I see your point.  I have only done six roasts and all have "hit 
their peak" or "sweet spot" between days 1 and 3.  I haven't had the 
opportunity to try any that needed a longer rest time, though I hope to.
Money is an issue for me right now.  So, I am watching what how I 
spend it.  That is why I hoped the valved bags would work until I 
could afford some sort of vacuum sealer of a much higher 
caliber.  Based on your experience do you think I can get away with a 
bag for a 10 day rest?  Or, is something better or more effective needed.
Thank you.
At 09:52 AM 7/31/2007, you wrote:
<Snip>
--=====================_3751781==.ALT
Content-Type: text/html; charset="us-ascii"
Scott,
I see your point.  I have only done six roasts and all have
"hit their peak" or "sweet spot" between days 1 and
3.  I haven't had the opportunity to try any that needed a longer
rest time, though I hope to.
Money is an issue for me right now.  So, I am watching what how I
spend it.  That is why I hoped the valved bags would work until I
could afford some sort of vacuum sealer of a much higher caliber. 
Based on your experience do you think I can get away with a bag for a 10
day rest?  Or, is something better or more effective
needed.
Thank you.
At 09:52 AM 7/31/2007, you wrote:
I'm hearing "small batches
that get used up fast" quite a bit in this conversation.
 
In other conversations, I've heard a lot about how, for example, the
Idido is excellent when rested about 10 days.
 
If beans need to rest a long time before they're optimal, they need to be
in a good container that prevents staling. If beans are used up quickly,
it'd be handy if they're something that doesn't need a long rest. 
 
Something like that.    ;-)
 
But I think not worrying about staling 'cause beans get used fast is
probably not sound. True, the beans might not have time to stale much --
but that reaction is still occuring.
 
It's like the guy who was low on gas but 30 miles from the nearest
station, so he drove darned fast to get there before he'd run
out.    ;-)
 
- S
 
On 7/30/07, Rick Copple
<rick> wrote:
Stephen Carey wrote:
> My only suggestion, from what I have read here and other places
is the
> valve bags, but if you are using your coffee up like I am you
should be
> okay.  My guess, though, is that all of us, one day, will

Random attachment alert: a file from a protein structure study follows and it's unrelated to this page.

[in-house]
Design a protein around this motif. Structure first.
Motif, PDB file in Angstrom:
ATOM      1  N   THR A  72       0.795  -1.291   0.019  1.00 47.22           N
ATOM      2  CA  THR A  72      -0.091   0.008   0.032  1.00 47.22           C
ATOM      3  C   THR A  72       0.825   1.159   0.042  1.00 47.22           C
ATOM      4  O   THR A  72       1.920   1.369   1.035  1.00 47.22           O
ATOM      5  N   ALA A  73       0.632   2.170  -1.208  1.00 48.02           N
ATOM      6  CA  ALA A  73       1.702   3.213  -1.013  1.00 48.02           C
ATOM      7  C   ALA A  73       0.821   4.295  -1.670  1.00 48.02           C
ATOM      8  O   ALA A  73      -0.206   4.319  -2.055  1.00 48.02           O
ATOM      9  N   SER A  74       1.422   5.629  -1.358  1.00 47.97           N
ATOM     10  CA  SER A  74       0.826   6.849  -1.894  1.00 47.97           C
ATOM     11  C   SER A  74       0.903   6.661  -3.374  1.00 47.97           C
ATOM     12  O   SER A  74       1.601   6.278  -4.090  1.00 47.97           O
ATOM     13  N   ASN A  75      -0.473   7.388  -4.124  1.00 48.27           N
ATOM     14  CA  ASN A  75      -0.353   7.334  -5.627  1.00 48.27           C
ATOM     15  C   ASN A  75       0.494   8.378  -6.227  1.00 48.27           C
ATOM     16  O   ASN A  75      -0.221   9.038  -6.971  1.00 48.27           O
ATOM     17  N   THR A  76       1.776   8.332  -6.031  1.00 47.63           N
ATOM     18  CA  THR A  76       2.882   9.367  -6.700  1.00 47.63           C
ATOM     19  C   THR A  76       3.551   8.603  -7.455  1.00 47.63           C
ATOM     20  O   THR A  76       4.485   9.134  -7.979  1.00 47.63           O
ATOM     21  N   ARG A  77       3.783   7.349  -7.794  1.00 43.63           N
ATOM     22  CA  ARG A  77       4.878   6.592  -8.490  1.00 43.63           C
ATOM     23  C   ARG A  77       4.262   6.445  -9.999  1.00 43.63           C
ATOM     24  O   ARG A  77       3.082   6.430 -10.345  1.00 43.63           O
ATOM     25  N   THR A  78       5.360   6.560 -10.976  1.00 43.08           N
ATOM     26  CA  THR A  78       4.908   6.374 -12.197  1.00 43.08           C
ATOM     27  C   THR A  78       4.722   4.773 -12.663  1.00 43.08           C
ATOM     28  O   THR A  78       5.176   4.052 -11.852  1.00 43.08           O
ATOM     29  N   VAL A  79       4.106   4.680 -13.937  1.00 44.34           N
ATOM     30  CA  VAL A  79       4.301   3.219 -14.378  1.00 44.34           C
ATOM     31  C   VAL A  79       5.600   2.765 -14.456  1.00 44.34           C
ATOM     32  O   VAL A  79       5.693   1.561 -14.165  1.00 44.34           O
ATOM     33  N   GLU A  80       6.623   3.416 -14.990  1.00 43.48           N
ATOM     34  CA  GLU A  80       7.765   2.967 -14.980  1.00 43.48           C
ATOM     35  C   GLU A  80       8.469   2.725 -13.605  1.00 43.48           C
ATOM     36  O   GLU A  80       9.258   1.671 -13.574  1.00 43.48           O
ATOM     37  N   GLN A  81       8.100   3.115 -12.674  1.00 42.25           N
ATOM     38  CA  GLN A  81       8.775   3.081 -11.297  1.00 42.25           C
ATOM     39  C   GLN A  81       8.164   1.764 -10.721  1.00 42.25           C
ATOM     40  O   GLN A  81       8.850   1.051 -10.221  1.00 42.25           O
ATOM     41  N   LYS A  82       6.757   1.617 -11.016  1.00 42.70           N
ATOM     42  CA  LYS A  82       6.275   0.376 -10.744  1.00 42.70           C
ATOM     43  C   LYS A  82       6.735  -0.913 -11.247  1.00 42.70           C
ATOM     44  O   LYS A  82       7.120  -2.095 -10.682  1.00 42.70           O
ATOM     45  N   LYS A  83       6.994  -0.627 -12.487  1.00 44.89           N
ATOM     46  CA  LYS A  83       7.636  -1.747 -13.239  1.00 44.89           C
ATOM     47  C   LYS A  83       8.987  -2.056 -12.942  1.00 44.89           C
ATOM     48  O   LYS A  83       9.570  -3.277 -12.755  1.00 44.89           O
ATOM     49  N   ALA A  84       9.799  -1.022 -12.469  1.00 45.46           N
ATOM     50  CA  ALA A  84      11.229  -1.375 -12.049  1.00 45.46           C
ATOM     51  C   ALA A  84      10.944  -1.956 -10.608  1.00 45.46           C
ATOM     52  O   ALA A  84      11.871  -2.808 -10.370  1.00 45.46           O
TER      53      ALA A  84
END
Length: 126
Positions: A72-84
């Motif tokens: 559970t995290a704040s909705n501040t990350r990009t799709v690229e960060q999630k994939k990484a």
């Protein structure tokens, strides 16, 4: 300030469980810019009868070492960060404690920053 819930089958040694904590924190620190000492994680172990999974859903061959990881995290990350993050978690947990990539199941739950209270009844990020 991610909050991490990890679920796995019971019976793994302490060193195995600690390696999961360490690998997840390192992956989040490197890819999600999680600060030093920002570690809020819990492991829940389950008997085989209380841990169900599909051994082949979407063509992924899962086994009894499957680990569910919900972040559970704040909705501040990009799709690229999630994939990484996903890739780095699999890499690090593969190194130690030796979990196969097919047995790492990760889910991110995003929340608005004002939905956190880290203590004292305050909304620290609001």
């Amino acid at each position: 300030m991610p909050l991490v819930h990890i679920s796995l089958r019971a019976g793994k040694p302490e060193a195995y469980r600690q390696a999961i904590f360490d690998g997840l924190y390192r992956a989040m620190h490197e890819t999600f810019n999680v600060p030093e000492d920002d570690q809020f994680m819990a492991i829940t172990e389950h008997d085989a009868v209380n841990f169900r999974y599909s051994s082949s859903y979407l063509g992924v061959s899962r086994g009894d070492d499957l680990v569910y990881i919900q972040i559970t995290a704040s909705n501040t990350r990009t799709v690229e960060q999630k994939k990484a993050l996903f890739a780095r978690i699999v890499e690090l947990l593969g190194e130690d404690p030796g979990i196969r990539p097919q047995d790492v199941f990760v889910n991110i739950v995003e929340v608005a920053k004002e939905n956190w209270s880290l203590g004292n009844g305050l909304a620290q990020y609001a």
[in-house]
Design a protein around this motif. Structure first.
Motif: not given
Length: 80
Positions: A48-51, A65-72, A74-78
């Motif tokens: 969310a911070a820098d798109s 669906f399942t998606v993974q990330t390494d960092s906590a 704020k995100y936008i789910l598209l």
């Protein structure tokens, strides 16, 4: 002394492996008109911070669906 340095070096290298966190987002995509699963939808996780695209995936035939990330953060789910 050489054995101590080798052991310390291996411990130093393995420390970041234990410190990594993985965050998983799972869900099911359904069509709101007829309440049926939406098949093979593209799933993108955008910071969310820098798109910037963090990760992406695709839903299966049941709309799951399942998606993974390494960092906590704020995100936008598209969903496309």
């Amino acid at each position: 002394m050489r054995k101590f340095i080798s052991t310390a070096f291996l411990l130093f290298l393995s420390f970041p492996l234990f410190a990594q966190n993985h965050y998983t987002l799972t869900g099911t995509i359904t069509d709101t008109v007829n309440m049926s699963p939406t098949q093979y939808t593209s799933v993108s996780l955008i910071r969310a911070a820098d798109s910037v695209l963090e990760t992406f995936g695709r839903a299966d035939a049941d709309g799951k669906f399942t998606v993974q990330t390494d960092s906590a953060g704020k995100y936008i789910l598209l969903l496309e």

need something
> bigger for larger scale roasts or the same bean roasted a few
times in 
> one day.  Even then the bags should work.  But the
jars may hold more, I
> just don't know.
>
> I would think that you could put the amount of beans you usually
use per
> brewing, pressing, whatever, of the coffee in a single
use.  That would 
> be convenient.
I've used the valve bags mostly. At first, used mason jars, but saw
the
value of allowing the CO2 to escape, so have been using them ever
since.
I think for small batches that get used up fast as both of yours
seems 
to be, the difference isn't going to matter much one way or the
other,
as long as you allow the CO2 out within the first four hours of
the
roast (I believe that is the minimum as I recall from reading
SM).
But I generally roast 2# a week, and store them in valve bags, and
they
stay good and fresh up on my cabinet shelf until I've used them
up.
Anything else would be too much work for my taste. :)
Oh, I'm also the only coffee drinker in my house, though occasionally
my 
18 year-old-son will take a cup. I'm sure I get close to that
healthful
four cups a day average. :)
--
Rick Copple
homeroast mailing list
http://lists.sweetmarias.com/mailman/listinfo/homeroastTo change your personal list settings (digest options, vacations,
unsvbscribes) go to
http://sweetmarias.com/maillistinfo.html#personalsettings--=====================_3751781==.ALT--

3) From:
how old are you...
---- Michael I  wrote: 
<Snip>

4) From:
no 62...
---- "True wrote: 
<Snip>

5) From:
it has a lot michael...
---- Michael I  wrote: 
<Snip>

6) From: george
Sorry if this becomes a double post.  I have tried sending it several
times and it never seems to get posted.
I think I have the BEST method of storing coffee.  Just go to the place
that the green coffee cherries ares processed at.  Just as the workers are
going to fill the very first shipping bag, take out enough to roast a
single pot or cup of coffee.  Use your favorite roaster and profile to
roast your FRESH beans.  Then drink the whole pot within 5 minutes or
less.  For the next roast, just find another processing plant (preferably
in another country or at least a different growing region) and repeat the
above steps.  No ziplock bags, no vacuum sealers with bags or jars, no -10
degree deep freezer,  no Valve bags.  Nothing special needed for storage.
This will get rid of any controversy in the best storage technique for
your greens.  Only storage area needed is your digestive system and how
fast you can process the coffee yourself.
GJM
--


HomeRoast Digest